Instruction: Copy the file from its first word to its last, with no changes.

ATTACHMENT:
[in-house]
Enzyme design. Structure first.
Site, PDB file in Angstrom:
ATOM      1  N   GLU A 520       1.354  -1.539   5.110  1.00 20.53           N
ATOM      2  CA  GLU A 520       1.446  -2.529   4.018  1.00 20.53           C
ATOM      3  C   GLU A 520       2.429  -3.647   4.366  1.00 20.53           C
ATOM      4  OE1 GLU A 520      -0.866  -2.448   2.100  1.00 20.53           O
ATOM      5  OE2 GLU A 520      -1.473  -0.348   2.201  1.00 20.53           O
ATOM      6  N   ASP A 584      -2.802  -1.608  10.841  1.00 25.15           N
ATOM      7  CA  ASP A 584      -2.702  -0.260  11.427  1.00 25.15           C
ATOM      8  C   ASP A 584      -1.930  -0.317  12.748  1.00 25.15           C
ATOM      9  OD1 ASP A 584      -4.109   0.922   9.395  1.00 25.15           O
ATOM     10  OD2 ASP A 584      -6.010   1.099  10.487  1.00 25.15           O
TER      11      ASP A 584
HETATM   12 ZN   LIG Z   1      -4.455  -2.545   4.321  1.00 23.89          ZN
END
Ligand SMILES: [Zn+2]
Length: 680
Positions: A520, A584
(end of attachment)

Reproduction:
[in-house]
Enzyme design. Structure first.
Site, PDB file in Angstrom:
ATOM      1  N   GLU A 520       1.354  -1.539   5.110  1.00 20.53           N
ATOM      2  CA  GLU A 520       1.446  -2.529   4.018  1.00 20.53           C
ATOM      3  C   GLU A 520       2.429  -3.647   4.366  1.00 20.53           C
ATOM      4  OE1 GLU A 520      -0.866  -2.448   2.100  1.00 20.53           O
ATOM      5  OE2 GLU A 520      -1.473  -0.348   2.201  1.00 20.53           O
ATOM      6  N   ASP A 584      -2.802  -1.608  10.841  1.00 25.15           N
ATOM      7  CA  ASP A 584      -2.702  -0.260  11.427  1.00 25.15           C
ATOM      8  C   ASP A 584      -1.930  -0.317  12.748  1.00 25.15           C
ATOM      9  OD1 ASP A 584      -4.109   0.922   9.395  1.00 25.15           O
ATOM     10  OD2 ASP A 584      -6.010   1.099  10.487  1.00 25.15           O
TER      11      ASP A 584
HETATM   12 ZN   LIG Z   1      -4.455  -2.545   4.321  1.00 23.89          ZN
END
Ligand SMILES: [Zn+2]
Length: 680
Positions: A520, A584